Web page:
The Weekly Newspaper serving the citizens of Morenci, Mich., Fayette, Ohio, and surrounding areas.

  • Front.cheers
    MACEE BEERS joins other Fayette Elementary School students for the annual Mini-Cheer performance during the half-time break at the basketball game.
  • Family.3.wide
    CHILDREN at Stair District Library’s Family Story Time toss scarves into the air during an activity. The evening program provided a mix of stories, songs, dancing, crafts and snacks Monday evening. The program is offered at 5:30 p.m. every Monday for five more weeks. The program is designed for three to five year olds and their family.
  • Front.newpaper.2
    THE INTERVIEW—Evelyn Joughin (right) records the interaction with an iPad while Jack Varga, next to her, asks questions of Morenci Elementary School principal Gail Frey. Morenci senior Sam Cool (standing) listens. Cool serves as the editor for the newspaper written by members of Mrs. Barrett’s second grade class.
  • Front.code.2
    WRITING CODE—Brock Christle (left), a Morenci fifth grade student, takes a look at the progress being made by fourth grader Anthony Lewis. Libby Rorick, a sixth grade student, is next in a line of girls trying out the coding tutorials. This year marked Morenci’s second year of participation in the Hour of Code project.
  • Front.gym.new
    REMIE RYAN (left) tries to dodge the foam wand held by Hayden Bays during physical education class at Morenci Elementary School. In the background, Lauryn Dominique and Brooklyn Williams stay clear of the tag. Second grade students were working on cardiovascular health on the first day back from vacation. For the record, Safety Tag is a very difficult sport to photograph.
  • Front.lift
    MORENCI student Dalton McCowan puts everything into a dead lift attempt Saturday morning during the Wyseguy Push/Pull event. Lifters helped raise more than $1,600 for the family of the late Devin Wyse, a former Morenci power-lifter who graduated last year. Commemorative T-shirts are still available by contacting teacher Dan Hoffman.
  • Front.library.books
    MACK DICKSON takes a book off the “blind date” cart at the Fayette library. Patrons can choose a book without knowing what’s inside other than a general category. The books are among those designated for removal so patrons can consider them gifts. In Morenci, new books and staff favorites were chosen from the stacks and must be returned. Patrons get a piece of chocolate, too, to take on their date, but no clue about their “date.” One reader said she really enjoyed her book for a few pages, but then lost interest—so typical for a blind date.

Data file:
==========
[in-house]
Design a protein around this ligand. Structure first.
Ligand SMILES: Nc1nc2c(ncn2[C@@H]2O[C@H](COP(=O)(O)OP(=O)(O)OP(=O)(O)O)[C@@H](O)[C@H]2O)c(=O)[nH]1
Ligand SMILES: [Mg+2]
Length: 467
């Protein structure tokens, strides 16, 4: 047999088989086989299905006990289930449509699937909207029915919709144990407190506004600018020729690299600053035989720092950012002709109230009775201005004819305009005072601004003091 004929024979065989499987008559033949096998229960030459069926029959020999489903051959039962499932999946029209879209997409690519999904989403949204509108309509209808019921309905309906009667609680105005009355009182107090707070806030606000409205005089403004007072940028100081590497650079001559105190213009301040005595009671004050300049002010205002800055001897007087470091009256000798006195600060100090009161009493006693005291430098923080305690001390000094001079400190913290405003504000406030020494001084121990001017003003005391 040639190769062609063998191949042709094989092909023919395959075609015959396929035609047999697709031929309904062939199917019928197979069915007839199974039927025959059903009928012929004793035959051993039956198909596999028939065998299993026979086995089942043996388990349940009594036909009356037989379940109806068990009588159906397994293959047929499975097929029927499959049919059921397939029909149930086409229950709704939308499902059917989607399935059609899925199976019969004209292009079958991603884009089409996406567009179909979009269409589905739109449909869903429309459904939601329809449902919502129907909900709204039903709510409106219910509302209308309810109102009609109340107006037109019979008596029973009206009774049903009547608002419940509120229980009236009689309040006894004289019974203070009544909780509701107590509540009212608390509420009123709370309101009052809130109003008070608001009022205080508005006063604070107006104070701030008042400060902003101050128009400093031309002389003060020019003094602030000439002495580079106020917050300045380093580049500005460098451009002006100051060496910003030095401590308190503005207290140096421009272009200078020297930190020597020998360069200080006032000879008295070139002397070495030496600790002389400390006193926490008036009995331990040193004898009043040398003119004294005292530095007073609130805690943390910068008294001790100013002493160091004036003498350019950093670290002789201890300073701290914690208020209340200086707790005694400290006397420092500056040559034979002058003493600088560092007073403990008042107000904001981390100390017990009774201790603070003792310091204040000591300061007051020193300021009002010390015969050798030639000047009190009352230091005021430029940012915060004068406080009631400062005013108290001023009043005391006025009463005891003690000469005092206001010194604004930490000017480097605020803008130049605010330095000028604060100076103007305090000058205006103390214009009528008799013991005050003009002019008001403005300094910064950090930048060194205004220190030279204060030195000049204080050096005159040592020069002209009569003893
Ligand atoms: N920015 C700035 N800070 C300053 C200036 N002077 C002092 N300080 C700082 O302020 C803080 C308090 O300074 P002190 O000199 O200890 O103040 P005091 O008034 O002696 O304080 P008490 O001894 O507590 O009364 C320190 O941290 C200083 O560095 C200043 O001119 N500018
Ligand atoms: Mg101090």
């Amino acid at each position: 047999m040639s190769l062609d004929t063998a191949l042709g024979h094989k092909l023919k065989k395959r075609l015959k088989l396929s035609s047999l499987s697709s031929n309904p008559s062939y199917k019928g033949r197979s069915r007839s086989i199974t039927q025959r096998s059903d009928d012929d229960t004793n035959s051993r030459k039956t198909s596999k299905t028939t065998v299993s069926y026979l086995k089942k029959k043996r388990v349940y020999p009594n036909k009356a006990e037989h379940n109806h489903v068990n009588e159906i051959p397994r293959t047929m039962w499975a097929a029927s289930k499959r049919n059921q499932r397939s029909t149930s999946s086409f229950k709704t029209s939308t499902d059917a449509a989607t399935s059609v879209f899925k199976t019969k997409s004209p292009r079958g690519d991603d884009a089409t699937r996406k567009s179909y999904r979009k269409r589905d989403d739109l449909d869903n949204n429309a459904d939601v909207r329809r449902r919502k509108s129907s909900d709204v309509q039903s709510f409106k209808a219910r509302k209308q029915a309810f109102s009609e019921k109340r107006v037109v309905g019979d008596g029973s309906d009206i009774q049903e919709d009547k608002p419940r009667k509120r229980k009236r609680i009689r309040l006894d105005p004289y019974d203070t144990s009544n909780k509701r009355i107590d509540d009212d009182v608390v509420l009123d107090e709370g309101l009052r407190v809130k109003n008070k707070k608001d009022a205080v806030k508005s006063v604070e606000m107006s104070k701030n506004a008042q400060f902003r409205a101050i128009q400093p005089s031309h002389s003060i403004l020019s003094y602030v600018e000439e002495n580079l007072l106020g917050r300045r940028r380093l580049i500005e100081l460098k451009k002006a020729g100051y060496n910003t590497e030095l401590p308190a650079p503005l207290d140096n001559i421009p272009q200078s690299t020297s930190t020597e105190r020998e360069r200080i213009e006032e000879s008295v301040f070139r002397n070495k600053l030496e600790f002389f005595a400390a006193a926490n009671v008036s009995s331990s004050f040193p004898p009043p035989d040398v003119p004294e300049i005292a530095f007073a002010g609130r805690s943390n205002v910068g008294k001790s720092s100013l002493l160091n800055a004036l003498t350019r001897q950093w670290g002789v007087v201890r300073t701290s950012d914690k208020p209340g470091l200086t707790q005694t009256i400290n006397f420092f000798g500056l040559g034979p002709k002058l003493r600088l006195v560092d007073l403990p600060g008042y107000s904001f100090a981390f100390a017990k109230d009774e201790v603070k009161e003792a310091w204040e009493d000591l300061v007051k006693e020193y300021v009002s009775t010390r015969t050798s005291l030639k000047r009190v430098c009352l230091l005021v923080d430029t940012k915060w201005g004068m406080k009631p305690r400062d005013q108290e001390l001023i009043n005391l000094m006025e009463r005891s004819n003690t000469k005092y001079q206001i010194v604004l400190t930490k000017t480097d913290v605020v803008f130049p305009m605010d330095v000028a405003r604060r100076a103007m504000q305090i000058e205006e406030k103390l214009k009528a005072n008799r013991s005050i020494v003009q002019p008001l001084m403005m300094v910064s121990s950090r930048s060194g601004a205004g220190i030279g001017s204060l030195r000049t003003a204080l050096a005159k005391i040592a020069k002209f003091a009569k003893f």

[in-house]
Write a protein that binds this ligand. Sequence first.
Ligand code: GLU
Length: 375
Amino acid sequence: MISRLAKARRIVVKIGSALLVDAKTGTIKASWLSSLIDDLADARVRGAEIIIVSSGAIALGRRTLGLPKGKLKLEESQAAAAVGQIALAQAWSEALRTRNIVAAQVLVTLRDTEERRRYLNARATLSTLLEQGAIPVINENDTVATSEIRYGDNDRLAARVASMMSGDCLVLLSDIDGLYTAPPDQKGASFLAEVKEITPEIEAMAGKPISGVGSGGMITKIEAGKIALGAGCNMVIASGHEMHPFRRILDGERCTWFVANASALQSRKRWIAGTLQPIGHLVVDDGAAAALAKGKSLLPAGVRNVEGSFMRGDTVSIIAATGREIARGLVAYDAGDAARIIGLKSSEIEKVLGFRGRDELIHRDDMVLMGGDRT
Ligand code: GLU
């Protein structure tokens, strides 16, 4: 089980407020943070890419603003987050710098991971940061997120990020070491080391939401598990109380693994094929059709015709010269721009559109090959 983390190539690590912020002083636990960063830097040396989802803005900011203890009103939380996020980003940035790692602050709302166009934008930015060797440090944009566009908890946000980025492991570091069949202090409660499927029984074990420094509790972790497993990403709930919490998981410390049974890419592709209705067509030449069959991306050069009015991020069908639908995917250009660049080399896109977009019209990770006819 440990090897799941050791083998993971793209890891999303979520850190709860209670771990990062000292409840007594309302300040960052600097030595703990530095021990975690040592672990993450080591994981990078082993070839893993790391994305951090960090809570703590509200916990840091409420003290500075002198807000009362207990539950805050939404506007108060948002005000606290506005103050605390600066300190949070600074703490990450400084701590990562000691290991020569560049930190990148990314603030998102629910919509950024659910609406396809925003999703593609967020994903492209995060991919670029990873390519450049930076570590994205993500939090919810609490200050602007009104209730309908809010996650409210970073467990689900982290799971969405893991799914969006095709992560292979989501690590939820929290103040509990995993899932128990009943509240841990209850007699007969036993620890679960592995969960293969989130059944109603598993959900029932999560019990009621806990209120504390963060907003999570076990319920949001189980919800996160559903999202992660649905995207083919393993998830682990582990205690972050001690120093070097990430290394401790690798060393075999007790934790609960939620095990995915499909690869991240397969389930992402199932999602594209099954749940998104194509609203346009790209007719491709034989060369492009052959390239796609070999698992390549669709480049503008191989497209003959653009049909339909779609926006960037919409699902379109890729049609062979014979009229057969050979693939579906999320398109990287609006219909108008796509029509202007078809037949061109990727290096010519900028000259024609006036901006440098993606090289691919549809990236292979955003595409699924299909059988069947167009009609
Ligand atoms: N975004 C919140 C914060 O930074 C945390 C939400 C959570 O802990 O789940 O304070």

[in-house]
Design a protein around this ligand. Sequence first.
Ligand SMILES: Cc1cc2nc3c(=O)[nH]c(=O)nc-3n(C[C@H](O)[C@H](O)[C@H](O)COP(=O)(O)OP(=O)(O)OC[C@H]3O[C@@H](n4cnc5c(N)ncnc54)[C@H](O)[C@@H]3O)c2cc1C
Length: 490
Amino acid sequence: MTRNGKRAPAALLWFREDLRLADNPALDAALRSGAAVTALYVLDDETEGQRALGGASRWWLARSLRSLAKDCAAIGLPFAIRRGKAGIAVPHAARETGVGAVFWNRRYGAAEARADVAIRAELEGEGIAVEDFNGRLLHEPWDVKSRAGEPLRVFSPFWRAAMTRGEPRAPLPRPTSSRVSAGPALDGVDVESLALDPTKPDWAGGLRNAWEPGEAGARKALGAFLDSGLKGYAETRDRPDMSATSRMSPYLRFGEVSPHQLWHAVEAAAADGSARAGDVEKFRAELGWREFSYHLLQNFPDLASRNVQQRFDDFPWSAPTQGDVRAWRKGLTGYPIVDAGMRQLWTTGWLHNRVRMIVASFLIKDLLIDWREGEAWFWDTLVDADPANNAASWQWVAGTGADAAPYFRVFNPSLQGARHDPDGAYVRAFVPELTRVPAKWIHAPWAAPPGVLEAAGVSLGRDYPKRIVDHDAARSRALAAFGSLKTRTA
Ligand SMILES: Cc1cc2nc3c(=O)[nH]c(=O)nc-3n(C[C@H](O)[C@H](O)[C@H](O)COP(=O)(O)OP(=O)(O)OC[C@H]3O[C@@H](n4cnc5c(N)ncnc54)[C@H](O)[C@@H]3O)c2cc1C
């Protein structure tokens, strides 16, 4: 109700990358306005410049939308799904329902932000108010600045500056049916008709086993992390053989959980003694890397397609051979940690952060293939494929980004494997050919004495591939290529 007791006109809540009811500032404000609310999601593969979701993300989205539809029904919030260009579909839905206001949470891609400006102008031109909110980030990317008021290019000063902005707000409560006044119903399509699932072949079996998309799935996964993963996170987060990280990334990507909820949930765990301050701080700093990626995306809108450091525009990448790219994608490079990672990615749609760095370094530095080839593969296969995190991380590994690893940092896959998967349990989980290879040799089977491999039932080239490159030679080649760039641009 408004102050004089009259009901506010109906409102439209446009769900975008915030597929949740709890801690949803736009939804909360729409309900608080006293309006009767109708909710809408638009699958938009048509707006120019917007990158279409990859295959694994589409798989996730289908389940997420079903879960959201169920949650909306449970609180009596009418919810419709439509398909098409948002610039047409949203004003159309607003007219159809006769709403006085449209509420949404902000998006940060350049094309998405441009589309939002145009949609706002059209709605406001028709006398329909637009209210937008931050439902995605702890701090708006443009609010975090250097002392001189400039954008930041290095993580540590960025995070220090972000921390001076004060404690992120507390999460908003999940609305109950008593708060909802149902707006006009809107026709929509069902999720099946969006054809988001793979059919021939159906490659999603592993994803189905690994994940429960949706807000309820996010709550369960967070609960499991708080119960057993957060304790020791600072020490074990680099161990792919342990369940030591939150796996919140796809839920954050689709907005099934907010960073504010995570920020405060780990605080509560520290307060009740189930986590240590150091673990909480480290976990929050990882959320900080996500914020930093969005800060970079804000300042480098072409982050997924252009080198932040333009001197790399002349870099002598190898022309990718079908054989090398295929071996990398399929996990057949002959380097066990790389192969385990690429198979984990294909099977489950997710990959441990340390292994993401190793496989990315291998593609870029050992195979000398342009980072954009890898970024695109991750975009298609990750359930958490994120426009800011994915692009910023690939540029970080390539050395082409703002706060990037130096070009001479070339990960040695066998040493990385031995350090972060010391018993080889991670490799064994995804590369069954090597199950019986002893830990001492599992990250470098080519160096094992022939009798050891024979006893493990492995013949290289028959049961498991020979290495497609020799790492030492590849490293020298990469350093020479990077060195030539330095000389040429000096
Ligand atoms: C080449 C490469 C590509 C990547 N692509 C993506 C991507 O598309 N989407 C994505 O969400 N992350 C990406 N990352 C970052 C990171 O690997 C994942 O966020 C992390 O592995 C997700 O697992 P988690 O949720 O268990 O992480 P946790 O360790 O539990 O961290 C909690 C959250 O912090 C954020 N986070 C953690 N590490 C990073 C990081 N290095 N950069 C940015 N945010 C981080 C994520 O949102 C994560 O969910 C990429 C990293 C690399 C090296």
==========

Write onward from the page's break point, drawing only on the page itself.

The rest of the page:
Morenci city council 2012.09.05

Written by David Green.

By DAVID GREEN

Morenci city council members discussed Aug. 27 the possibility of forbidding door-to-door sales in the city, with the exception of school groups.

Councilor Tracy Schell suggested either creating a stricter licensing procedure or banning sales altogether.

Schell made a motion to ban sales except for solicitation by minors for school or non-profit groups. Brenda Spiess said she has no problem with any age peddlers as long as it’s a non-profit group.

Police chief Larry Weeks said he had no opinion on which direction council takes, but he noted that the current ordinance calls for a certificate to be issued by the police chief. This is perceived to indicate that the peddler is of good moral character.

In the past that’s been done only by collecting photocopies of ID cards, he said. Some peddlers have a “colorful past” and he worries about them going door-to-door.

“I’m concerned that when I do get calls from people to see if the police department has licensed someone, there’s an impression that we’ve put our seal of approval on these folks to go door-to-door, that they’re a legitimate, honest business and I can’t say that.”

Mayor Keith Pennington wondered if this puts the city into a more prosecutorial role than it wants to be. The city would be doing more of an investigation when someone did nothing wrong.

“Wouldn’t Schwan’s ice cream come under this?” he asked, as well as lawn chemical companies.

Weeks noted that the city still has to clarify whether the city can restrict sales.

“I still question our legal abilities to do this,” he said.

He’s read about related cases that were ruled unconstitutional. 

Schell wondered if an individual could post a sign on their property stating that sales were not wanted. Weeks said that such a case could be prosecuted.

Schell said she’s heard support from residents who would like sales banned.

“There wasn’t anyone I spoke with who said, ‘Oh, no, don’t get rid of peddlers,’” Schell said. 

Weeks said the issue was raised not because of complaints, but because of his concerns that people feel the city is giving a stamp of approval on the peddlers.

“We need to clarify the issue one way or another. If I say ‘yes,’ I want it to mean something,” he said.

The issue was tabled until a review by the city attorney.

TRASH—Council heard the first reading of an amendment regarding refuse placed at the curb for removal. The amendment forbids a property owner from bringing trash into the city for removal. Trash from a township property, for example, could not be brought into the city for the weekly trash collection.

MEETING—Spiess will attend a conference of the Michigan Municipal League. The city will pay expenses that could total about $1,000.

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